Circassians in Israel

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Circassians in Israel
Адыгэхэу Исраэл исыхэр
הצ'רקסים בישראל
Circassians in Israel.Jpg
Total population
c. 4,000[1][2]–5,000[3]
Regions with significant populations
Kfar Kama, Rehaniya
Languages
Hebrew, Circassian, English, Arabic
Religion
Sunni Islam
Related ethnic groups
Other Circassians

Circassians in Israel (Adyghe: Адыгэхэу Исраэл исыхэр; Hebrew: הצ'רקסים בישראל‎) refers to the Circassian people who live in Israel.

Circassians in Israel are Sunni Muslims, and number about 4,000 and live primarily in two towns: Kfar Kama (Adyghe: Кфар Кама) and Rehaniya (Adyghe: Рихьаные). They send each of their young men to the Israeli army,[4] and are one of three minority groups in Israel drafted into the Israel Defense Forces (IDF).

History[edit]

Circassian-language street sign in Israel
Kfar Kama, Israel
Rehaniya, Israel

Circassians were originally Christian for 1,000 years, but from the 16th century to the 19th century they were Islamized under the influence of Crimean Tatars and Ottoman Turks.[5] The Circassians arrived in the Middle East after they were expelled from their homeland in the northwestern Caucasus. The Circassians, who fought during the Russo-Circassian War in the mid-to-late 19th century against the Russians captured the northern Caucasus, were massacred (1.5 million killed) and expelled (1 million deported) by Czarist Russia from the Caucasus.[6] The Ottoman Empire, which saw the Circassians as experienced fighters, absorbed them in their territory and settled them in sparsely populated areas, including the Galilee.[7]

Traditional Circassian dishes

The Circassian exiles established Rehaniya (nine miles north of Safed) in 1873, and Kfar Kama (13 miles southwest of Tiberias) in 1876.[8][9]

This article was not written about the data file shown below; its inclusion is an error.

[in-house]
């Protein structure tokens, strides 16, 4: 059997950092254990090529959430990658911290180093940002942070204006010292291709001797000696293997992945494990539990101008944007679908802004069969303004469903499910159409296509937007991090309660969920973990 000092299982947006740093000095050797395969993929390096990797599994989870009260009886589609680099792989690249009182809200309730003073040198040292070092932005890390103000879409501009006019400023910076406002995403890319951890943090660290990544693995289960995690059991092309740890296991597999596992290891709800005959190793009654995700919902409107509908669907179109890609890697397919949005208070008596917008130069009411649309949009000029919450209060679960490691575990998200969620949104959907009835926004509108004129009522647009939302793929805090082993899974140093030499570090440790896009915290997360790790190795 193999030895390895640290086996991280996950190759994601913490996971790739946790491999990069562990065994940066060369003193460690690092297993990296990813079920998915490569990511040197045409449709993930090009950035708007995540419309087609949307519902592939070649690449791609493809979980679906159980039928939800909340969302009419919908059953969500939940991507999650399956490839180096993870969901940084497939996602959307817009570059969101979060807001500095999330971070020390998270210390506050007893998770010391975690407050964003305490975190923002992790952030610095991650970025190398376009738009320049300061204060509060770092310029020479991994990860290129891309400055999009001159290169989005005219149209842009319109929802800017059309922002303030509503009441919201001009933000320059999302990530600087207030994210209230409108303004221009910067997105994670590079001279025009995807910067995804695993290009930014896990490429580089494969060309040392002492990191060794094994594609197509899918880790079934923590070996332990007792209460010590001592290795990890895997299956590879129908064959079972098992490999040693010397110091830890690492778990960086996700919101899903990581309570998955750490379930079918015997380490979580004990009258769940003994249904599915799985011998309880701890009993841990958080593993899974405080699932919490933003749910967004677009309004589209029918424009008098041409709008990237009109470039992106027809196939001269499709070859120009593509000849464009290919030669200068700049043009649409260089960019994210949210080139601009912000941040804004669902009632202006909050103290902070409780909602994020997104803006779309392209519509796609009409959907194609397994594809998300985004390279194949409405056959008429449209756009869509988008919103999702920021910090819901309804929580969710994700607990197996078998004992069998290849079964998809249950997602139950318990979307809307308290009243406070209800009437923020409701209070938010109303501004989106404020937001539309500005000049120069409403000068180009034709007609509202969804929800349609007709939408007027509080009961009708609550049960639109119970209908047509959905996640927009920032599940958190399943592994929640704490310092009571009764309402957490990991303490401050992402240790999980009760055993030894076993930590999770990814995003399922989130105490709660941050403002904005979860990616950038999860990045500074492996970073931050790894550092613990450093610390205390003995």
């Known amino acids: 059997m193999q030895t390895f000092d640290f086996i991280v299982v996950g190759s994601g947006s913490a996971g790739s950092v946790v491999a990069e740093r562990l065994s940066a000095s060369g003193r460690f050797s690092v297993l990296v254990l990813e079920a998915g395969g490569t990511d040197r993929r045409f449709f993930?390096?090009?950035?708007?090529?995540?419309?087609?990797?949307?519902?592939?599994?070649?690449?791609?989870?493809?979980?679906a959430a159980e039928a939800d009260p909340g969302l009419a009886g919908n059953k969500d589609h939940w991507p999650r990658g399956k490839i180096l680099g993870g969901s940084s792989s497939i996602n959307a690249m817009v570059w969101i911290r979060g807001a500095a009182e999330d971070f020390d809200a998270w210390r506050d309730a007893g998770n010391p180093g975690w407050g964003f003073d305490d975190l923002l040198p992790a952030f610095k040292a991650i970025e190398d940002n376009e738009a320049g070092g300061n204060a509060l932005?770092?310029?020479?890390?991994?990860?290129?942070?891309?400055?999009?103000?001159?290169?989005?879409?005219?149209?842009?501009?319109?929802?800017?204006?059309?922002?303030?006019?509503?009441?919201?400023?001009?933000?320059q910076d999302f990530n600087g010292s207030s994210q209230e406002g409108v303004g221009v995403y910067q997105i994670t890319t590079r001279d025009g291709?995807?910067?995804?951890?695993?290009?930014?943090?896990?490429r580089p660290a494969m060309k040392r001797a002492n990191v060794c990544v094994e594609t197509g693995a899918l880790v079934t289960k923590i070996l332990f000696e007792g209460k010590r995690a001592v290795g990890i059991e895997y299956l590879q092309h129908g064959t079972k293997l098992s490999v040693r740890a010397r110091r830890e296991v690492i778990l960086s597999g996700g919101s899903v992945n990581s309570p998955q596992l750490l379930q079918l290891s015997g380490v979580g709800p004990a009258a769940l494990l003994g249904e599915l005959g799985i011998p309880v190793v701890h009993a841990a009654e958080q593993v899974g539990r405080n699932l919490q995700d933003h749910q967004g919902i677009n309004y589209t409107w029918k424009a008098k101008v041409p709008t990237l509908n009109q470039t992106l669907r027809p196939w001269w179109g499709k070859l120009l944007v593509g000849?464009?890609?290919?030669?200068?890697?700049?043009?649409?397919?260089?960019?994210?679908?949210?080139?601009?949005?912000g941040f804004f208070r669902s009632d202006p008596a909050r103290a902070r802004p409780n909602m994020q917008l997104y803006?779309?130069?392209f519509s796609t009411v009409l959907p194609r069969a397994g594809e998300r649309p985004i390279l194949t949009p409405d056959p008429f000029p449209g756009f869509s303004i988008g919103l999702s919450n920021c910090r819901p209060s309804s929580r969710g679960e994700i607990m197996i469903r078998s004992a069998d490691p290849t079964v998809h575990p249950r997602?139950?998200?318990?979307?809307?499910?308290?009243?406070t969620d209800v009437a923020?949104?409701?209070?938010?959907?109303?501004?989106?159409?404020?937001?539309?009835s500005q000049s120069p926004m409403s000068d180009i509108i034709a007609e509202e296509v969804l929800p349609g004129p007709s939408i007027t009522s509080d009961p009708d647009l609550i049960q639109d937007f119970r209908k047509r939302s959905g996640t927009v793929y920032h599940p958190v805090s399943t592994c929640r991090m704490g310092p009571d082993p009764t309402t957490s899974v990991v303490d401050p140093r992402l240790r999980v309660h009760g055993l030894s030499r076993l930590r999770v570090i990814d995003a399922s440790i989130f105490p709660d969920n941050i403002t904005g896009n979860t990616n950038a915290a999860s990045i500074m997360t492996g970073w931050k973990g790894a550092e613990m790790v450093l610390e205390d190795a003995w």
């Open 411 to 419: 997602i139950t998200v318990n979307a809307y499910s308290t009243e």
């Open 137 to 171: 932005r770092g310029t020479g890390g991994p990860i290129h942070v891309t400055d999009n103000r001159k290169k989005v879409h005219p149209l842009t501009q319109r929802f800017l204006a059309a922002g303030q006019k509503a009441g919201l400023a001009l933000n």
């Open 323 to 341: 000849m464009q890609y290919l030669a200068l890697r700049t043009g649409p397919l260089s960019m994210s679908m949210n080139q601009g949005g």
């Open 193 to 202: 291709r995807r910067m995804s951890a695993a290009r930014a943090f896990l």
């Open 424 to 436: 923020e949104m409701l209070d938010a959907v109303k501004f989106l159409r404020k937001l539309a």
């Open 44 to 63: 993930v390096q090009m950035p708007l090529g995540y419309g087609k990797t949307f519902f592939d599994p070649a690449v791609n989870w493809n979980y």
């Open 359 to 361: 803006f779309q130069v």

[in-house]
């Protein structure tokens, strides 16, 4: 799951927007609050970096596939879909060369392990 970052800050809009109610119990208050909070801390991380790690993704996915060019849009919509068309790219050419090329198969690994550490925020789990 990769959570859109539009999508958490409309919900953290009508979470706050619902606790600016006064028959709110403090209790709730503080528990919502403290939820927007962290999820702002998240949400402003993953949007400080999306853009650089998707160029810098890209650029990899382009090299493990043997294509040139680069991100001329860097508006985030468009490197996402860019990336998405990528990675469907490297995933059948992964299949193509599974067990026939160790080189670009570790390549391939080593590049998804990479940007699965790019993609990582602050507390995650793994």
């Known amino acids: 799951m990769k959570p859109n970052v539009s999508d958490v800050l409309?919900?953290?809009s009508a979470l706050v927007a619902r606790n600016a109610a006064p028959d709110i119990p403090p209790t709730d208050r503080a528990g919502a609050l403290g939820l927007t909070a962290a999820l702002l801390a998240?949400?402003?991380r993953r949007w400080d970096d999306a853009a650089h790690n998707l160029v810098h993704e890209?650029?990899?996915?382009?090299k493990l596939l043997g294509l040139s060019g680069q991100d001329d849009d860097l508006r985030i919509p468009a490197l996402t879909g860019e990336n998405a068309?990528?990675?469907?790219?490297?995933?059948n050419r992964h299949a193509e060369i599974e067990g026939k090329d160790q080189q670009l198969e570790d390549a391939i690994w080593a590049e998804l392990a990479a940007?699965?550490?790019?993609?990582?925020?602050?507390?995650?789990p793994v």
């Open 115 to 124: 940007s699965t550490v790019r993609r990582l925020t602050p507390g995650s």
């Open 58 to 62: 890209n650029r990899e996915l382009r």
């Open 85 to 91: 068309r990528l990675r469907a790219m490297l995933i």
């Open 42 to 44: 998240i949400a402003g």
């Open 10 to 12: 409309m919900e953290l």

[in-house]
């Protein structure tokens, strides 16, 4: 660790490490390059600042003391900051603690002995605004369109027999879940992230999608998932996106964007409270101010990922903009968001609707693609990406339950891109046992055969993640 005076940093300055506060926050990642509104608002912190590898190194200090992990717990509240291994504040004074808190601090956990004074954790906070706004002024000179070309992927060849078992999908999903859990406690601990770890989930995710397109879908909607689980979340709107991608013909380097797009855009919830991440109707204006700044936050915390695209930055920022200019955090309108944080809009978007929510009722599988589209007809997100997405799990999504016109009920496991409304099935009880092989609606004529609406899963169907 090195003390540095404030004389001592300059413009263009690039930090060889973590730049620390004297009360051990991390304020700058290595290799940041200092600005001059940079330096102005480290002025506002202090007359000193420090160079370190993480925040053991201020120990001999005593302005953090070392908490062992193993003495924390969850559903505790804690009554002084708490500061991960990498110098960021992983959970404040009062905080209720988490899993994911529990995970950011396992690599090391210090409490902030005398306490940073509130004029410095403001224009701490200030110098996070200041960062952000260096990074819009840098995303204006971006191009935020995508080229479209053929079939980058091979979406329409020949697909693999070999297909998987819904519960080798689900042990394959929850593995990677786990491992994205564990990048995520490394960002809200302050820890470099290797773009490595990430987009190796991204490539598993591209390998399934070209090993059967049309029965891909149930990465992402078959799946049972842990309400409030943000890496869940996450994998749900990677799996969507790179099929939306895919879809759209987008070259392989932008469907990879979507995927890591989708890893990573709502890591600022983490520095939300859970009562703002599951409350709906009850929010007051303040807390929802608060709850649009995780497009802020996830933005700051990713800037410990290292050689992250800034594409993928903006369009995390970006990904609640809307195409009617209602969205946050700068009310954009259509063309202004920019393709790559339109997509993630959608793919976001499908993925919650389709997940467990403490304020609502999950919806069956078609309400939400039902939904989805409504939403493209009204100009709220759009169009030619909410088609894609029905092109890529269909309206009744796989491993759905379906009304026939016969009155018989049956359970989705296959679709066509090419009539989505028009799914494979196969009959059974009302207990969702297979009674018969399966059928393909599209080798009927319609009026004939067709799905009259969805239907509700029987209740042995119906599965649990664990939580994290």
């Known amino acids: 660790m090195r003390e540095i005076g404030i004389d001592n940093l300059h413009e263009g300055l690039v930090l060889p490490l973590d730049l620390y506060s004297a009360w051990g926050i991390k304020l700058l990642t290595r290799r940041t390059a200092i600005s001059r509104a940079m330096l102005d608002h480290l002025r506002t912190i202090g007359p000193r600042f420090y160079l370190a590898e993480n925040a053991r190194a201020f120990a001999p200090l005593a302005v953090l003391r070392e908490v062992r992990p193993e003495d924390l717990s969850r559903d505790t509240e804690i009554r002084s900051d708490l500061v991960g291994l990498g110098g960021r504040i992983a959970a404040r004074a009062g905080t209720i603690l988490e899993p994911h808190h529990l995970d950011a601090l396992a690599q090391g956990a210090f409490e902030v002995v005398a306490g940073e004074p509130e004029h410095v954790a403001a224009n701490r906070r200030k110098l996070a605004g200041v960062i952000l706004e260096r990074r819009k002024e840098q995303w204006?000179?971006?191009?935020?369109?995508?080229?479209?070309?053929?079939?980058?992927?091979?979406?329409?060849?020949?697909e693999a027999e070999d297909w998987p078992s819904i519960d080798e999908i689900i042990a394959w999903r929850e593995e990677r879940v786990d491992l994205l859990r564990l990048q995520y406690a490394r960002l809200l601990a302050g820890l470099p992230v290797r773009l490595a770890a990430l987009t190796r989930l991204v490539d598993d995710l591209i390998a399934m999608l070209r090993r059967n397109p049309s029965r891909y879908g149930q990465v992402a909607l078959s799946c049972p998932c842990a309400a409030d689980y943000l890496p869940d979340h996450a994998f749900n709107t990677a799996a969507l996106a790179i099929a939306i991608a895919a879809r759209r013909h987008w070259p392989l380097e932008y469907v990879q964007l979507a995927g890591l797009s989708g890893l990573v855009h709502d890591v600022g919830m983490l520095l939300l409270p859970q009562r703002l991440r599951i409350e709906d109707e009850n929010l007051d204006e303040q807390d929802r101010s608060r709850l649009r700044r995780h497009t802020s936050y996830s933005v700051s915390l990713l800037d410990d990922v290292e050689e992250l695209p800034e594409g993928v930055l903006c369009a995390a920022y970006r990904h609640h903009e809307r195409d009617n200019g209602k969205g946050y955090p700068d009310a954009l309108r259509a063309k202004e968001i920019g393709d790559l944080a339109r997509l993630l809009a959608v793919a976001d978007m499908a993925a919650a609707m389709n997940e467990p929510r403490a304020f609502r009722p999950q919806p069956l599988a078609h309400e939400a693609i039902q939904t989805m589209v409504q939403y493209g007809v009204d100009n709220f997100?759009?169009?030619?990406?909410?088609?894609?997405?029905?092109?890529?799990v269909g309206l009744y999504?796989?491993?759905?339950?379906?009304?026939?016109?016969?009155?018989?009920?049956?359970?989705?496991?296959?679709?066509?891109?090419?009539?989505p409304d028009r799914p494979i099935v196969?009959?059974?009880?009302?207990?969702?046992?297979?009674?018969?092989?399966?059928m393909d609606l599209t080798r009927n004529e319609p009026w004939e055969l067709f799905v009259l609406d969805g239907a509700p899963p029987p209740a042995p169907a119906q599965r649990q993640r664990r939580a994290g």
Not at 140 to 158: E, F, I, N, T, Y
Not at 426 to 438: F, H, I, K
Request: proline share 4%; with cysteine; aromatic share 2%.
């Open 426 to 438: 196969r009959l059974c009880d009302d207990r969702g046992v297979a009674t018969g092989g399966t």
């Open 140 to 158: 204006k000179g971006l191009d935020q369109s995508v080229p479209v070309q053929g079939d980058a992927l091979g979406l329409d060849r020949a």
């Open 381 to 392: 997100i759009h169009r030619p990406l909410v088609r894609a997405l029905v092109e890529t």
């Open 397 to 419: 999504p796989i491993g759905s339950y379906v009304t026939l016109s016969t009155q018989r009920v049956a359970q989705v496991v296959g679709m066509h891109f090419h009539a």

They speak both Adyghe and Hebrew, and many also speak Arabic and English, while cultivating their unique heritage and culture.[10]

Israeli Circassians have had good relations with the Ottoman-era Jewish community and later Jewish community in Israel, in part due to the language shared with many of the First Aliyah immigrants from Russia who settled in the Galilee.[citation needed] The Circassian community in Israel helped the illegal migration of Jews from Lebanon into Mandate Palestine.[citation needed] When conflict between Jews and Arabs began during the British Mandate, the Circassians most often took either neutral or pro-Jewish stances.[11] Circassians fought on the Israeli side of the War of Independence. At their community leaders' request, since 1958 all male Circassians must complete the mandatory military service in the Israel Defense Forces upon reaching the age of majority, while females do not.[12] In this, they are equal to the Israeli Jews and the Israeli Druze populations living in the State of Israel proper (this excludes most of the Druze population living on the Golan Heights). The percentage of the army recruits among the Circassian community in Israel is particularly high. Many Circassians also serve in the Israel National Police, Israel Border Police, and the Israel Prison Service.